When it comes to scripts, I personally do not like those that directly modify or overwrite the “default” scripts, especially the menus and command positioning. While most are designed as simple plug ‘n play scripts to make their implementation quick, simple and easy, they do invariably interfere.
A prime example is where you have created your menu as you want it, then you “install” someone else’s script, which calls on a new window or scene, and it modifies that script. The result is that sometimes the selection cursor returns to a different position after canceling and returning to the menu.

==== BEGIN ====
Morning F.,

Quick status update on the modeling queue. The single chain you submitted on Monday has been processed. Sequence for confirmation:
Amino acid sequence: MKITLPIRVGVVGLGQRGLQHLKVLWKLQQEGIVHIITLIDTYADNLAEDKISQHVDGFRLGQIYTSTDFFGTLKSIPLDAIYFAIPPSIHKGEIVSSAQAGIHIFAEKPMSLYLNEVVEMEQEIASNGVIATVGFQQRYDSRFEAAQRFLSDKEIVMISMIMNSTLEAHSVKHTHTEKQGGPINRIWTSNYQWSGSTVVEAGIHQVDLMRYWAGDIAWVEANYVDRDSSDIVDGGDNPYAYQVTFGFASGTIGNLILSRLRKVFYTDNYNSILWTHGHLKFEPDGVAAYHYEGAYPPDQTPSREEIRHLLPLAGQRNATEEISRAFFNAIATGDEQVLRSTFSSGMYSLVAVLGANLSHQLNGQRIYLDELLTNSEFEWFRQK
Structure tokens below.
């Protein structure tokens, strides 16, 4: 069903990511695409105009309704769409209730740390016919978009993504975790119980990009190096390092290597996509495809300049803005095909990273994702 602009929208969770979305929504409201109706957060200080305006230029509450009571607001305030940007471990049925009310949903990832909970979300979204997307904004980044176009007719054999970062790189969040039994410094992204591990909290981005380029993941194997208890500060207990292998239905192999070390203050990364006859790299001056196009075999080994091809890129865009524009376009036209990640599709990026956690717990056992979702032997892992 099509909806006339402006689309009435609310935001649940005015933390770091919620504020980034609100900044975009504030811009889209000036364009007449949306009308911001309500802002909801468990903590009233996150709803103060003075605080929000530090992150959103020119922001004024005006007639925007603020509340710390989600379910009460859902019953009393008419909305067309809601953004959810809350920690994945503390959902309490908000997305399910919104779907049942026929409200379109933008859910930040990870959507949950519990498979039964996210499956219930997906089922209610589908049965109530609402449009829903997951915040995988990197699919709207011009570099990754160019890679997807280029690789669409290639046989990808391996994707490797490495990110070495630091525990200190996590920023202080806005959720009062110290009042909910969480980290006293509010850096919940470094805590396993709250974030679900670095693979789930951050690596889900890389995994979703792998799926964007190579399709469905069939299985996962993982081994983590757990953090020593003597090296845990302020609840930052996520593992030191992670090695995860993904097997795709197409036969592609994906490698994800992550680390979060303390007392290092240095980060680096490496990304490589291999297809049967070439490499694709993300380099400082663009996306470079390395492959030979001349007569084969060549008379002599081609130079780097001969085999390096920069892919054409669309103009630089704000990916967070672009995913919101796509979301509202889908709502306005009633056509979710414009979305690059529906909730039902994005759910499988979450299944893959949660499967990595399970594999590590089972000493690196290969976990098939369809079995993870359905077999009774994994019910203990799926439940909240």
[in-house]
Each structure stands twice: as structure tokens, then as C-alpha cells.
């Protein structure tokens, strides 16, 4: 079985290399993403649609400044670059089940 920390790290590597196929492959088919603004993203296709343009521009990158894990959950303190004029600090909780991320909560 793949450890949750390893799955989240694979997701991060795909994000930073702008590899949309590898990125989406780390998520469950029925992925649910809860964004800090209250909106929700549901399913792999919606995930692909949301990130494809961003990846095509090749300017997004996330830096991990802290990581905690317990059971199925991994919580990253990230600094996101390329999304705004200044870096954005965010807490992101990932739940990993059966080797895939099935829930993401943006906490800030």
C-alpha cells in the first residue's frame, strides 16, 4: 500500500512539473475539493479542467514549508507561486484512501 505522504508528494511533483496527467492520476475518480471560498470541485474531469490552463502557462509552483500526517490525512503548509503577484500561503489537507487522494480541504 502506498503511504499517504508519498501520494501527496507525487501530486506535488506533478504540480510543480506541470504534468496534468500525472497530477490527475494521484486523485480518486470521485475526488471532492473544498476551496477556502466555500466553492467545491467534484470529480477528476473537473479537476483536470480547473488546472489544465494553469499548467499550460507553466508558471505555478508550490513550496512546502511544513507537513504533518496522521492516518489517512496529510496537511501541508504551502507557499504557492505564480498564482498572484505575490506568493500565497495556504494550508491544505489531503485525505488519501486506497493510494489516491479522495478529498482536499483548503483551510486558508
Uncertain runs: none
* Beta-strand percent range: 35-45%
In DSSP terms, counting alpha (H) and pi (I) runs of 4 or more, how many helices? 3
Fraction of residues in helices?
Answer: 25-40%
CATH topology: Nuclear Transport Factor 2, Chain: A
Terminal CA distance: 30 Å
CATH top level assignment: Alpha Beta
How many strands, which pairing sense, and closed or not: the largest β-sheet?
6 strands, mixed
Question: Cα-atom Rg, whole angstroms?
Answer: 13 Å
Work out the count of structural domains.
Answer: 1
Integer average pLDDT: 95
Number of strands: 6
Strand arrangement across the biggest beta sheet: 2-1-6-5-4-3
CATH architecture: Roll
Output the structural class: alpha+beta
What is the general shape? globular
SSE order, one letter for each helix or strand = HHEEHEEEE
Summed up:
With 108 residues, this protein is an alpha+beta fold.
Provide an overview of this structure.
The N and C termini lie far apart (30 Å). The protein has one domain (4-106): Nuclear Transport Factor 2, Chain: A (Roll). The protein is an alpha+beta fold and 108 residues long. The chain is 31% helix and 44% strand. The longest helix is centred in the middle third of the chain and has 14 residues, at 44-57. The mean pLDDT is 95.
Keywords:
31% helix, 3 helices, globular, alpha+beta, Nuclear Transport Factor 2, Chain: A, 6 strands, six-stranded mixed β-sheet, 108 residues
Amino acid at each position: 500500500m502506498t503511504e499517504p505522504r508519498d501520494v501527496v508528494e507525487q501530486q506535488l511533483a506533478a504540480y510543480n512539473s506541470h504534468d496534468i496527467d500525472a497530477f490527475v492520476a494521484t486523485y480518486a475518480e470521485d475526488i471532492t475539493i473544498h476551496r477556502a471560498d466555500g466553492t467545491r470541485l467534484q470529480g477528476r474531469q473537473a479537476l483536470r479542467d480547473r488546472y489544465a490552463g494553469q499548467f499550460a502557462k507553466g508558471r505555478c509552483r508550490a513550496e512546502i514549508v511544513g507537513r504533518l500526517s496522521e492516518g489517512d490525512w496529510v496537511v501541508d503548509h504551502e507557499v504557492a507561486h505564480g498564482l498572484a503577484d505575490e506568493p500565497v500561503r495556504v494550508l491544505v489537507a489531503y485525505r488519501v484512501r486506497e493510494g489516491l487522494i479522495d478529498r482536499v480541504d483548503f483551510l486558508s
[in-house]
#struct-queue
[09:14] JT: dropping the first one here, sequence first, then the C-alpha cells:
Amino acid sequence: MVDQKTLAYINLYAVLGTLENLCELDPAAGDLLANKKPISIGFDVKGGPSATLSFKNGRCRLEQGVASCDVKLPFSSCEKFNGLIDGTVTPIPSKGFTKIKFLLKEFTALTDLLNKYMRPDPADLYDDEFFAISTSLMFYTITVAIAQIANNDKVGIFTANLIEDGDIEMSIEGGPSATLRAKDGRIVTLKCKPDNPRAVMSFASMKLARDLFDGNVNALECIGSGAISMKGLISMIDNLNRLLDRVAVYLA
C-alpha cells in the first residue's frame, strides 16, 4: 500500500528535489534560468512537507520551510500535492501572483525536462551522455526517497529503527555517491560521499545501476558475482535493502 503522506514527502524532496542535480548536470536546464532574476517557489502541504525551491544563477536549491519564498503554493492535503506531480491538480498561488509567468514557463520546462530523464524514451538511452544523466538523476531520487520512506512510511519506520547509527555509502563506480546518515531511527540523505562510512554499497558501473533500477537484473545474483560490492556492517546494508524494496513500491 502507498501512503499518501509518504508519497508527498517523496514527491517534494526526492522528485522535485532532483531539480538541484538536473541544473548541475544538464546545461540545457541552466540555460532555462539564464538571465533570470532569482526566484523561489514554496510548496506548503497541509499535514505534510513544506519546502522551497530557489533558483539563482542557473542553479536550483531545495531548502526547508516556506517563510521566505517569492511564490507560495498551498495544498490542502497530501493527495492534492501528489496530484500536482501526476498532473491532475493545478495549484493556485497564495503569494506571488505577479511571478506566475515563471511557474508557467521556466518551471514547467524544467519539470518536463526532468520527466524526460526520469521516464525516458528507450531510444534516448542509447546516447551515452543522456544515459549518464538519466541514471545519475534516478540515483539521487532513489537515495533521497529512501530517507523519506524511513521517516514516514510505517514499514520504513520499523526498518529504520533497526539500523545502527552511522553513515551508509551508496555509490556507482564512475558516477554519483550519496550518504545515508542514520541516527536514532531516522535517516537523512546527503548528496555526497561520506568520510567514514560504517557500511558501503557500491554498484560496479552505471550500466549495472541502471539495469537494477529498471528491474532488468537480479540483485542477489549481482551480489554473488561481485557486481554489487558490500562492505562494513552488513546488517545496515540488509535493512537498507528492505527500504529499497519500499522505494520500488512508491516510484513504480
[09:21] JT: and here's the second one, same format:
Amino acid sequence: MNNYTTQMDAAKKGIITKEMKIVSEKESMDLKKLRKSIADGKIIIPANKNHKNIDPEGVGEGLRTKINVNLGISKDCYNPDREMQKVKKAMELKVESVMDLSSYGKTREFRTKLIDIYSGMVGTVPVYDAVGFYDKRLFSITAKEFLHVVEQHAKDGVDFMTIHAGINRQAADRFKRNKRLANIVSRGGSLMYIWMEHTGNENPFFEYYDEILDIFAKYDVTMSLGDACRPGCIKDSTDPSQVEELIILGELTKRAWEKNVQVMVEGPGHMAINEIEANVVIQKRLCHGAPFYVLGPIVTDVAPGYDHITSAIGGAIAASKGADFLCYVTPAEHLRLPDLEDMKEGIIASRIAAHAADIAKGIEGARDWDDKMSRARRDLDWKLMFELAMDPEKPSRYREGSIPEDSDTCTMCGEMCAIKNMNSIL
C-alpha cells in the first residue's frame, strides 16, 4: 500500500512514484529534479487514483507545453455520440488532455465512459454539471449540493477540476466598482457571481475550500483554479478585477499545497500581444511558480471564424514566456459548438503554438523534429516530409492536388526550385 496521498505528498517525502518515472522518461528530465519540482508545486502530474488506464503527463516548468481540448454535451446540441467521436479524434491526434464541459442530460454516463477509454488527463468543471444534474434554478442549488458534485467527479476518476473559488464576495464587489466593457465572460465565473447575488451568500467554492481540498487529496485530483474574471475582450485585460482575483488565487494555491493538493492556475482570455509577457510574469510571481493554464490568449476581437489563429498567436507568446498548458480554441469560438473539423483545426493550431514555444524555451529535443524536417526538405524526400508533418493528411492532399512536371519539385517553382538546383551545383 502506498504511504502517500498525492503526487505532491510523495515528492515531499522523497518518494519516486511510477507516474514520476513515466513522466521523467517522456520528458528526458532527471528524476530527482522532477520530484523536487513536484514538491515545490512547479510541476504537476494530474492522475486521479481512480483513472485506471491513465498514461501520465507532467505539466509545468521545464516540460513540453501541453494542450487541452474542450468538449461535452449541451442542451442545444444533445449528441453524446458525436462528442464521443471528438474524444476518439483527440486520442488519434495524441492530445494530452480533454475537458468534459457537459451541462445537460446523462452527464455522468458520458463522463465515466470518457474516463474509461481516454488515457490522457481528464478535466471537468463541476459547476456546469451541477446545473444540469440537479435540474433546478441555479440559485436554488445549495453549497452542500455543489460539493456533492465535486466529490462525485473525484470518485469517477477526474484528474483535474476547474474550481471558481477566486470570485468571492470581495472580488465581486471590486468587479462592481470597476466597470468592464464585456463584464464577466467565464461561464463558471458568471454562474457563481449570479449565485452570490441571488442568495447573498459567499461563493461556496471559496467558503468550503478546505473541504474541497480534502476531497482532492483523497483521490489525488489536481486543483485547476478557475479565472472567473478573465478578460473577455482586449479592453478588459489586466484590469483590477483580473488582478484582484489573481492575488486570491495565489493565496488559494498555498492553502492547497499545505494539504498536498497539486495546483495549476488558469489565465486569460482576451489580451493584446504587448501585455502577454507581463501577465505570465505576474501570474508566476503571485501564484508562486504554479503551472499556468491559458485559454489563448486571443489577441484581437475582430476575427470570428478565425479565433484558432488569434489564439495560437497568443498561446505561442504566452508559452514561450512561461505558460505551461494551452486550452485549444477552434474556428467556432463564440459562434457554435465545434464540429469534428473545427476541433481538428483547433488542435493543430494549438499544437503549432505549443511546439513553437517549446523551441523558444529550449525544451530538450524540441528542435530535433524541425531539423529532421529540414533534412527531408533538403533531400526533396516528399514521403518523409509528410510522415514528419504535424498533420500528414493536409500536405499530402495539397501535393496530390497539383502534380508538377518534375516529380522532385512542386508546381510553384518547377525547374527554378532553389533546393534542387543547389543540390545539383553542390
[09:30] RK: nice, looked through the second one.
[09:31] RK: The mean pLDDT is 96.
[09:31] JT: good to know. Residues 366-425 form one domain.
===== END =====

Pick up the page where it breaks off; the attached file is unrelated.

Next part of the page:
What this means is that you need to sift through and determine which part of the script is interfering with the positioning and tweak it. It’s not difficult to do, just annoying.
It might be better if aliasing or pushing (or, indeed, some other method of insertion) were used instead – whatever that may be, instead of directly modifying the code. But again, ease-of-use and simple plug ‘n play does make life much simpler, especially with those not too familiar with RGSS. Then, when it comes to actually making the necessary modifications, it helps a little in learning about RGSS.
Even now, I’m not a great scripter per se, although I have learned so much just by studying (and experimenting with) others’ coding. I’ve also studied various resources on Ruby – upon which RGSS is based – so that what needs to be done in my projects can be done efficiently.
Kudos to those who have studied Ruby and RGSS to the point where they have a thorough, working knowledge of it. Ruby script is not hard to learn, just labor-intensive at times to get to that point.